Security

Jackpotting cyberattack hits US, forces ATMs to spit out money for hackers

An ATM attack that has been popular outside the US for several years now appears to have made its way stateside.

Building a slide deck, pitch, or presentation? Here are the big takeaways:
  • Jackpotting attacks can empty ATMs in minutes. They are performed by accessing a USB port on the machine and injecting malicious code.
  • The affected ATMs are standalone internet-connected units, which should serve as yet another reminder of the security risk of IoT hardware.—TechRepublic

ATM manufacturers Diebold Nixdorf Inc and NCR Corp have confirmed that they notified clients of the spread of jackpotting, a hack that empties ATMs of cash, into the United States.

Jackpotting has been a growing security threat in Europe, Mexico, and elsewhere in the world, but warnings from the two companies marks the first time it has been considered a risk for US-based cash dispensers.

As covered previously by TechRepublic, breaking into an ATM is as easily done as it is said. Demonstrators at BlackHat 2017 were able to force open an ATM to gain access to an unprotected USB port, and within minutes were able to empty it of its cash reserves.

Particularly at risk are small standalone ATMs, such as those found at pharmacies, drive-throughs, and big box stores.

The anatomy of a jackpotting attack

The method demonstrated at BlackHat 2017 is just one way to empty out an ATM. In its presentation, a security team from IOActive attacked an Optiva ATM from Diebold Nixdorf. By prying open a panel, the team was able to attach a netbook to the ATM via USB, inject code into the ATM's software, reverse engineer it, and dispense all the cash.

IOActive's BlackHat panel, titled "Breaking Embedded Devices," was focused on flaws particular to internet-connected devices that have chipsets with a single role in a machine. In the case of ATMs, that role is dispensing cash. Despite the sensitive nature of that role, IOActive made the argument (arguably successfully) that embedded devices like ATMs often have their security overlooked.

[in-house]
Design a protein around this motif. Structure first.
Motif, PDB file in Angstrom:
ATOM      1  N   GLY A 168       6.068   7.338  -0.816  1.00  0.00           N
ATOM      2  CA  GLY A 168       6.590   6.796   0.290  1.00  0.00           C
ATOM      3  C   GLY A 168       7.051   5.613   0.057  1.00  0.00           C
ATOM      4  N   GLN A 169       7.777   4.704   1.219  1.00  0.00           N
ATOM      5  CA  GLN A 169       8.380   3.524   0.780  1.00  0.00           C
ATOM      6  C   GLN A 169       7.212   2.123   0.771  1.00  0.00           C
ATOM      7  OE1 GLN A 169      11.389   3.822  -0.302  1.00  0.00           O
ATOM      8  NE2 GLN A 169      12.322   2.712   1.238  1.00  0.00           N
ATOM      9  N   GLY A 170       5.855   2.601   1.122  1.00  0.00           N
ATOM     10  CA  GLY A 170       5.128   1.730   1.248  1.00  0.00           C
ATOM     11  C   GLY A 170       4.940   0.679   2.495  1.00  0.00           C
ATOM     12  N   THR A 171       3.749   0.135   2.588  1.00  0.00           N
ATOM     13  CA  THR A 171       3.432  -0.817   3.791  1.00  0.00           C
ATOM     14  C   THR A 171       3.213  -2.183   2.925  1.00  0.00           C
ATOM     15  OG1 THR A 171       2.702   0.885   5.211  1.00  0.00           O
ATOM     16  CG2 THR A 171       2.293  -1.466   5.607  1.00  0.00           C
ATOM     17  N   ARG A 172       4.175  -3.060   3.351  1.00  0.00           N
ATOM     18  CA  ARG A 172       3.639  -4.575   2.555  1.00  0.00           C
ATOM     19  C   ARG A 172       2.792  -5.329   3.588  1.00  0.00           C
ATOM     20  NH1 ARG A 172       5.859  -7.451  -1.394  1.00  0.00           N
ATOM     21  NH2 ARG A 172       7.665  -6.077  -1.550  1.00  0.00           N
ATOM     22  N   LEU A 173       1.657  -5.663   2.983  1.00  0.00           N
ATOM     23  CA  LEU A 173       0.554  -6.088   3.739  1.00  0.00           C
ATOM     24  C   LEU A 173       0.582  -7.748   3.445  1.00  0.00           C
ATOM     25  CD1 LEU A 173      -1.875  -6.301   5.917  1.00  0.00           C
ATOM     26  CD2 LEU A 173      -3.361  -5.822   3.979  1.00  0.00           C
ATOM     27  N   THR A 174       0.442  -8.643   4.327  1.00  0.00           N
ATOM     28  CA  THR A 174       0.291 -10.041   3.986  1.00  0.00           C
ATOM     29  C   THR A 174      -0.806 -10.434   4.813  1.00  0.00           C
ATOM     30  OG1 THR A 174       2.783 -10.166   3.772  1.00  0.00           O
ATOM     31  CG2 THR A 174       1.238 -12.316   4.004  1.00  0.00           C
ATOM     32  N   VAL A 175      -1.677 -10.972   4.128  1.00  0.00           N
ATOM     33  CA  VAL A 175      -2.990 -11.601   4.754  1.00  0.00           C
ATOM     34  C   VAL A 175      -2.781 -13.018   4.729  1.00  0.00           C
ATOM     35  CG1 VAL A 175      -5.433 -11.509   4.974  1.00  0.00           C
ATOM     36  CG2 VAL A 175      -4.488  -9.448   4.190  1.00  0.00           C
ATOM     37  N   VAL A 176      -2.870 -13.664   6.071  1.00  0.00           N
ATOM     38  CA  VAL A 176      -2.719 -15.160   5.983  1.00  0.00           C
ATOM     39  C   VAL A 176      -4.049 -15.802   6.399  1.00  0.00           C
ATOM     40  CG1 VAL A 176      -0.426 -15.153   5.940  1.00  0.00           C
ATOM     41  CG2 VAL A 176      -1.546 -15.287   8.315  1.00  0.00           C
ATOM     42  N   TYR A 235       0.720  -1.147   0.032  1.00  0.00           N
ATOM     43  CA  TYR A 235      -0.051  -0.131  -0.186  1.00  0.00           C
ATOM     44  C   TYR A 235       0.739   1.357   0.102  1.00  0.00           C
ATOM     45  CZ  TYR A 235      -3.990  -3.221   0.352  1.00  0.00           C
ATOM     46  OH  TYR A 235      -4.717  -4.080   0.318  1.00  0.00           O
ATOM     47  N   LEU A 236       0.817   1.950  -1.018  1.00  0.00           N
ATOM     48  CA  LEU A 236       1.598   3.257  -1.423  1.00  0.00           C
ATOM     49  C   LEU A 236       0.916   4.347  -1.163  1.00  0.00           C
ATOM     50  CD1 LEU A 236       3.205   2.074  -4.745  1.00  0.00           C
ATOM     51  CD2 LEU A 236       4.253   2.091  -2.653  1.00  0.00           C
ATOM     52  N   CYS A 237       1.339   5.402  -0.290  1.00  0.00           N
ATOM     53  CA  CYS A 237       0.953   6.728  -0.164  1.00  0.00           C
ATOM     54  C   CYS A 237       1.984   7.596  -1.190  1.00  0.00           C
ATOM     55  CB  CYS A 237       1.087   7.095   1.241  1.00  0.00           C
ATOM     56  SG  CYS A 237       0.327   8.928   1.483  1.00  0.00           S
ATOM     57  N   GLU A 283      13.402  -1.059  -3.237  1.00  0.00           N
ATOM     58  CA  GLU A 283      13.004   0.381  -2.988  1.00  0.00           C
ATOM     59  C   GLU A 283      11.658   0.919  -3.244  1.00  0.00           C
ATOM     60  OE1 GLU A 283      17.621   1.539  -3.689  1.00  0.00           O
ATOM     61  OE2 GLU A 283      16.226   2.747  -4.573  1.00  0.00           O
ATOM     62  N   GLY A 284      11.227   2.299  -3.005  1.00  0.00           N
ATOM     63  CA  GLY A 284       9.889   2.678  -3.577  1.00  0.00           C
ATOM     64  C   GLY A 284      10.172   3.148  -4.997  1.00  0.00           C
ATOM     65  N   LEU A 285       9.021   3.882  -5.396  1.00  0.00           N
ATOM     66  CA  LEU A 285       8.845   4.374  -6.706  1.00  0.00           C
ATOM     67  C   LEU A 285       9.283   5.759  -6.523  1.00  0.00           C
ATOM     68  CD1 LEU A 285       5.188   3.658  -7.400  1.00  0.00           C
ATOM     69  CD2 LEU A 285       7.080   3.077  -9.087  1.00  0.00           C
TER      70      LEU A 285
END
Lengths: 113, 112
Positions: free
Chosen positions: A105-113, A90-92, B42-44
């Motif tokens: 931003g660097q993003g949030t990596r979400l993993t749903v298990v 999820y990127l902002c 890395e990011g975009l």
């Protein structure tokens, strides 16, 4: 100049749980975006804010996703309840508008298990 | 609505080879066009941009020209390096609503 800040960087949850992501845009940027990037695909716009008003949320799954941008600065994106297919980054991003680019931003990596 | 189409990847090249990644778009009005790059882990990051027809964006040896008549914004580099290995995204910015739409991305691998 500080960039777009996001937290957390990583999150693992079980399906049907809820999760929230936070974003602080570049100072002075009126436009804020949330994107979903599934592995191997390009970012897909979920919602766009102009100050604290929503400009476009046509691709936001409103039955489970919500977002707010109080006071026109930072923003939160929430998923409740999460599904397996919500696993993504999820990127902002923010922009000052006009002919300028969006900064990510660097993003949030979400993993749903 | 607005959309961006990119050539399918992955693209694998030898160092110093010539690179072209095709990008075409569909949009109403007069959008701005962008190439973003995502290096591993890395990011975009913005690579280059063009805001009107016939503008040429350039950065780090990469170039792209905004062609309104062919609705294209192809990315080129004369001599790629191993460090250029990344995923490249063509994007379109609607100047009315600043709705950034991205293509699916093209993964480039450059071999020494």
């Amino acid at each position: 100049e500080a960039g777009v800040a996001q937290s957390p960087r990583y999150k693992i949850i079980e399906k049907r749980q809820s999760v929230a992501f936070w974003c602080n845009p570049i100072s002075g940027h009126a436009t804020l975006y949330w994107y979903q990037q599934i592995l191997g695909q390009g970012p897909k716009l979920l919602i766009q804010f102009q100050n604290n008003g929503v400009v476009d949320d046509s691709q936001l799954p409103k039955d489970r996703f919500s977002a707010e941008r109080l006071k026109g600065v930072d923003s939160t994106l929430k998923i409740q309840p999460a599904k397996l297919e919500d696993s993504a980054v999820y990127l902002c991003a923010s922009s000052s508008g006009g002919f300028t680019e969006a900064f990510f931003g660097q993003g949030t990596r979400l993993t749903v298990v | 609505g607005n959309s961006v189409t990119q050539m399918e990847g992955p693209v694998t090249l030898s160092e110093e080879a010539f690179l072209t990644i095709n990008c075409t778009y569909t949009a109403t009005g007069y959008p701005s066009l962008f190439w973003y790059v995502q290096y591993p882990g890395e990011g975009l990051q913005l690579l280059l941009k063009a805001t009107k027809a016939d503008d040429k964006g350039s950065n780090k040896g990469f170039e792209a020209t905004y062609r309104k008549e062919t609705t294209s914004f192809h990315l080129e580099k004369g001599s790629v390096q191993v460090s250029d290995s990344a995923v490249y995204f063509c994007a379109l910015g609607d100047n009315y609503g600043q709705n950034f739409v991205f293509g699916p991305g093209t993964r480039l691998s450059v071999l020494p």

SEE: Enterprise IoT Research 2017: Benefits, Trends, and Security Concerns (Tech Pro Research)

KrebsOnSecurity, the blog that broke the news of jackpotting's spread to the US, mentions a malware strain called Ploutus.D being used to jackpot ATMs in Mexico, and now the US. KrebsOnSecurity also said that warnings from the Secret Service specifically mention the attack being used on Diebold Nixdorf machines, and even more particularly on Optiva 500 and 700 model standalone ATMs.

The US attacks appear to be using a laptop wired into the target ATM via USB. The criminals use Ploutus.D to infect the ATM and can then make it dispense cash at regular intervals until the machine is empty.

Ploutus.D can make internet-connected ATMs dispense cash using an SMS code as well, meaning the attacker doesn't even need to maintain a physical connection to empty it.

Another security lesson

Not every hardware manufacturer, or infosec professional, deals with as sensitive an issue as dispensing cash. That doesn't mean the security concerns of other internet-connected devices are any less important, though.

No matter what kind of data a company deals with, protecting end-point hardware is essential. In the case of standalone machines like ATMs, access points such as USB ports need to be thoroughly protected, as well as being disabled to prevent attackers from using them if they do gain access.

SEE: Research: Defenses, response plans, and greatest concerns about cybersecurity in an IoT and mobile world (Tech Pro Research)

It's also worth noting that the Secret Service's memo warned that ATMs running Windows XP are particularly vulnerable. Hopefully most companies aren't still running essential systems on XP and other out-of-support OSes, but the warning remains the same: Everything needs to be kept up to date.

Increased reliance on connected systems and the Internet of Things means more points of hacker-induced failure. It's up to infosec professionals and IT teams to close off every attack vector and point of failure, or risk losses of both money and data.

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Image: iStock/Joe_Potato


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About Brandon Vigliarolo

Brandon writes about apps and software for TechRepublic. He's an award-winning feature writer who previously worked as an IT professional and served as an MP in the US Army.

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